The M977 military vehicle is one of three vehicles – the M997, M997A1 and M997A2 – that made up the Maxi-Ambulance configuration of the HUMVEE family. These vehicles weighed 7, 000 pounds and were equipped with basic Kevlar armor for transporting their crew and patients safely from the battlefield to the medical station; Kevlar is a type of armor that is fairly effective against low-speed fragments but is totally useless against mines and high-speed fragments. Although not the safest vehicle, the M997 fulfilled the goals of its manufacturer, AM General, whose goal was to create a light, tactical vehicle to provide shelter on the battlefield.


The M997 was capable of carrying four littler patients, or two litter and four ambulatory patients, or eight ambulatory patients along with medical personnel, necessary equipment and a driver; the loading sequence for litter patients is to load the right side first and then the left side, moving from top right to bottom right and then top left to bottom left. The more critically injured patients would be loaded last and taken out first once the vehicle arrived at the medical station.

Patients would be loaded head-first because oxygen equipment is typically located at the front of the vehicle, patients are less likely to suffer from nausea if they are riding head first, and in case there is a rear-end collision; however exceptions would be made if the patient suffered from chest or abdominal wounds, or if patients needed IV fluids they would be placed in the lower racks to allow better IV flow and attention from medical personnel.

Other exceptions would be for persons with wounds on one side of their body or if patients were picked up in several different locations. For patients with wounds on one side, they were positioned however necessary to allow access to the wound; patients picked up in various locations would be loaded as best as possible regardless of their injuries since it would not be advised to unload the ambulance and reload it to organize patients based on injury each time a new patient was picked up.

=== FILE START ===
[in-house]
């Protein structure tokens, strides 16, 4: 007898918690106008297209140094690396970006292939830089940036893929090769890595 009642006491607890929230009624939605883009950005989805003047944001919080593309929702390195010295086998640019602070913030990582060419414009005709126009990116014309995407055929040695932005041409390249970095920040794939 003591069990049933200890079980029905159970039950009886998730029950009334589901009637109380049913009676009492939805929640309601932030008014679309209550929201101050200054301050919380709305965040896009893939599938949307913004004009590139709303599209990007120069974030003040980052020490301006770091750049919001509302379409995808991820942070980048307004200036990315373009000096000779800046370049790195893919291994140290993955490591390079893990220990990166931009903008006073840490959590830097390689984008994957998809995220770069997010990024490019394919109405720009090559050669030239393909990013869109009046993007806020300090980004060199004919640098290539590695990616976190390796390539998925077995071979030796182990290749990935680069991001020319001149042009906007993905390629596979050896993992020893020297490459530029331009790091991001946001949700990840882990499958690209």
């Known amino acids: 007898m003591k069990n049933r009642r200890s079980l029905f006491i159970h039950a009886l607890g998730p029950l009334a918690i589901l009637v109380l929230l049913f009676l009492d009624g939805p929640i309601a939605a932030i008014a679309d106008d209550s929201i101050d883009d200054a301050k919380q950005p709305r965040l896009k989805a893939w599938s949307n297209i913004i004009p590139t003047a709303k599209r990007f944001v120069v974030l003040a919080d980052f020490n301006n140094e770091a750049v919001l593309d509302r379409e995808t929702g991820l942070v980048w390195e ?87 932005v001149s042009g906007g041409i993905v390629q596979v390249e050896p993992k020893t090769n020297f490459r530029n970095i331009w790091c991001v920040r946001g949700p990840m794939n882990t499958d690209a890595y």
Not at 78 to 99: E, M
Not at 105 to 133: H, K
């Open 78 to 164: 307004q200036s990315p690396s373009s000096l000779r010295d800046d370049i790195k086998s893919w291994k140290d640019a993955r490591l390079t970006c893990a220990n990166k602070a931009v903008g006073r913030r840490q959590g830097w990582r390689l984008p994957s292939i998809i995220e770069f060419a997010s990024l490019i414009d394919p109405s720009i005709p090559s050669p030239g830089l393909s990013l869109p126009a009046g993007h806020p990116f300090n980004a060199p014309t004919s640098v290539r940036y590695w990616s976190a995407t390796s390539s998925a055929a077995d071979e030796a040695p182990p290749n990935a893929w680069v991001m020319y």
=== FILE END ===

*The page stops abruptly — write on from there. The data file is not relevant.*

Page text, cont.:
The M977 could be heated, ventilated or air conditioned depending on the needs of the environment it was operating in; in areas where there might be a nuclear threat, the vehicles were equipped with Gas-Particulate Filter Units (GPFUs) with heaters that could support up to 7 personnel with its M25 or M13 series protective masks; the GPFU would force temperature-controlled, filtered air to each mask face-piece which eased breathing and reduced stress and heat fatigue during extended periods of operating in these dangerous areas.

When fully loaded, the M977 series could climb road grades as steep as 60 percent or ford hard bottom water crossings up to 30 inches deep without a deep water fording kit and 60 inches if the kit was included; the A1 and A2 series’ brought a few improvements and modifications to the vehicle, such as new bumpers, as well as a 9,000 pound self-recovery winch which was available for the A2 models.

Related Posts